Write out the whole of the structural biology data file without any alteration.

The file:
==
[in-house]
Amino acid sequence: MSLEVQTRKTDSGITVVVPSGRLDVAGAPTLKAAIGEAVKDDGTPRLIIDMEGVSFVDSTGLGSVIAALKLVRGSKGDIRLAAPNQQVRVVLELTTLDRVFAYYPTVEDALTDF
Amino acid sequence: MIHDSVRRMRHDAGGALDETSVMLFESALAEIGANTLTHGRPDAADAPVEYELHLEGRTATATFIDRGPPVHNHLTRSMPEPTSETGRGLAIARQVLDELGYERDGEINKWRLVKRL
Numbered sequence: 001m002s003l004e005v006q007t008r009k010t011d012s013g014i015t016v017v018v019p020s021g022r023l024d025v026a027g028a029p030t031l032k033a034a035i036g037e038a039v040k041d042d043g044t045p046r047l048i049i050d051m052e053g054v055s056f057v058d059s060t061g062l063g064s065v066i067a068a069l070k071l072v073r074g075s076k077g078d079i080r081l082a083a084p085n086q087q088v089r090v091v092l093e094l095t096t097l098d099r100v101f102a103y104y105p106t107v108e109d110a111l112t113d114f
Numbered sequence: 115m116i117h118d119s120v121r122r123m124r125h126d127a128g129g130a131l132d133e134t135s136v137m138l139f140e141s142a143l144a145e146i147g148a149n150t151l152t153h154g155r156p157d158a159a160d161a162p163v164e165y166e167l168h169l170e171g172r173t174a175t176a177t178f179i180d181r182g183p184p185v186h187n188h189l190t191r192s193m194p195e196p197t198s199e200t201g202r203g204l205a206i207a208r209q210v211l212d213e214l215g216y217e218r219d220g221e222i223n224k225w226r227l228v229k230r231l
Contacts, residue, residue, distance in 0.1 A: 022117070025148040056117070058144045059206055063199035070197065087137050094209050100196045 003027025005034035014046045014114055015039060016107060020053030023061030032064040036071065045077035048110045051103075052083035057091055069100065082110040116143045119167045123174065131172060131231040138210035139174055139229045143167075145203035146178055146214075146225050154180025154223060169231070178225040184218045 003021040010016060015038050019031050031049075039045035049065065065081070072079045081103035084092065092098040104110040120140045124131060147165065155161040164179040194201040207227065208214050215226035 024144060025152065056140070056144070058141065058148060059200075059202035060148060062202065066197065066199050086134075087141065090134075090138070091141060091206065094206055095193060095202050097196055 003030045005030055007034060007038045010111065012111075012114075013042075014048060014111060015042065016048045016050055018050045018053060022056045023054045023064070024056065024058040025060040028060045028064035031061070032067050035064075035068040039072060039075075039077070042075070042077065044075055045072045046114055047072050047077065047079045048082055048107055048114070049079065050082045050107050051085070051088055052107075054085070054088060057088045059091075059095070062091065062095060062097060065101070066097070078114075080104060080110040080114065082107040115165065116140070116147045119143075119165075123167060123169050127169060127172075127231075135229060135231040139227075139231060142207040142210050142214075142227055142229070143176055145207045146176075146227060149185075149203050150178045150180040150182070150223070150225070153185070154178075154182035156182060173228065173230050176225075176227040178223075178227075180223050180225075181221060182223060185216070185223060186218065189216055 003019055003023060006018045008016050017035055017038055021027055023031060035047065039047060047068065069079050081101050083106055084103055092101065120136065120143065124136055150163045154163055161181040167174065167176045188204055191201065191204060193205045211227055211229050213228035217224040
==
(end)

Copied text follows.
[in-house]
Amino acid sequence: MSLEVQTRKTDSGITVVVPSGRLDVAGAPTLKAAIGEAVKDDGTPRLIIDMEGVSFVDSTGLGSVIAALKLVRGSKGDIRLAAPNQQVRVVLELTTLDRVFAYYPTVEDALTDF
Amino acid sequence: MIHDSVRRMRHDAGGALDETSVMLFESALAEIGANTLTHGRPDAADAPVEYELHLEGRTATATFIDRGPPVHNHLTRSMPEPTSETGRGLAIARQVLDELGYERDGEINKWRLVKRL
Numbered sequence: 001m002s003l004e005v006q007t008r009k010t011d012s013g014i015t016v017v018v019p020s021g022r023l024d025v026a027g028a029p030t031l032k033a034a035i036g037e038a039v040k041d042d043g044t045p046r047l048i049i050d051m052e053g054v055s056f057v058d059s060t061g062l063g064s065v066i067a068a069l070k071l072v073r074g075s076k077g078d079i080r081l082a083a084p085n086q087q088v089r090v091v092l093e094l095t096t097l098d099r100v101f102a103y104y105p106t107v108e109d110a111l112t113d114f
Numbered sequence: 115m116i117h118d119s120v121r122r123m124r125h126d127a128g129g130a131l132d133e134t135s136v137m138l139f140e141s142a143l144a145e146i147g148a149n150t151l152t153h154g155r156p157d158a159a160d161a162p163v164e165y166e167l168h169l170e171g172r173t174a175t176a177t178f179i180d181r182g183p184p185v186h187n188h189l190t191r192s193m194p195e196p197t198s199e200t201g202r203g204l205a206i207a208r209q210v211l212d213e214l215g216y217e218r219d220g221e222i223n224k225w226r227l228v229k230r231l
Contacts, residue, residue, distance in 0.1 A: 022117070025148040056117070058144045059206055063199035070197065087137050094209050100196045 003027025005034035014046045014114055015039060016107060020053030023061030032064040036071065045077035048110045051103075052083035057091055069100065082110040116143045119167045123174065131172060131231040138210035139174055139229045143167075145203035146178055146214075146225050154180025154223060169231070178225040184218045 003021040010016060015038050019031050031049075039045035049065065065081070072079045081103035084092065092098040104110040120140045124131060147165065155161040164179040194201040207227065208214050215226035 024144060025152065056140070056144070058141065058148060059200075059202035060148060062202065066197065066199050086134075087141065090134075090138070091141060091206065094206055095193060095202050097196055 003030045005030055007034060007038045010111065012111075012114075013042075014048060014111060015042065016048045016050055018050045018053060022056045023054045023064070024056065024058040025060040028060045028064035031061070032067050035064075035068040039072060039075075039077070042075070042077065044075055045072045046114055047072050047077065047079045048082055048107055048114070049079065050082045050107050051085070051088055052107075054085070054088060057088045059091075059095070062091065062095060062097060065101070066097070078114075080104060080110040080114065082107040115165065116140070116147045119143075119165075123167060123169050127169060127172075127231075135229060135231040139227075139231060142207040142210050142214075142227055142229070143176055145207045146176075146227060149185075149203050150178045150180040150182070150223070150225070153185070154178075154182035156182060173228065173230050176225075176227040178223075178227075180223050180225075181221060182223060185216070185223060186218065189216055 003019055003023060006018045008016050017035055017038055021027055023031060035047065039047060047068065069079050081101050083106055084103055092101065120136065120143065124136055150163045154163055161181040167174065167176045188204055191201065191204060193205045211227055211229050213228035217224040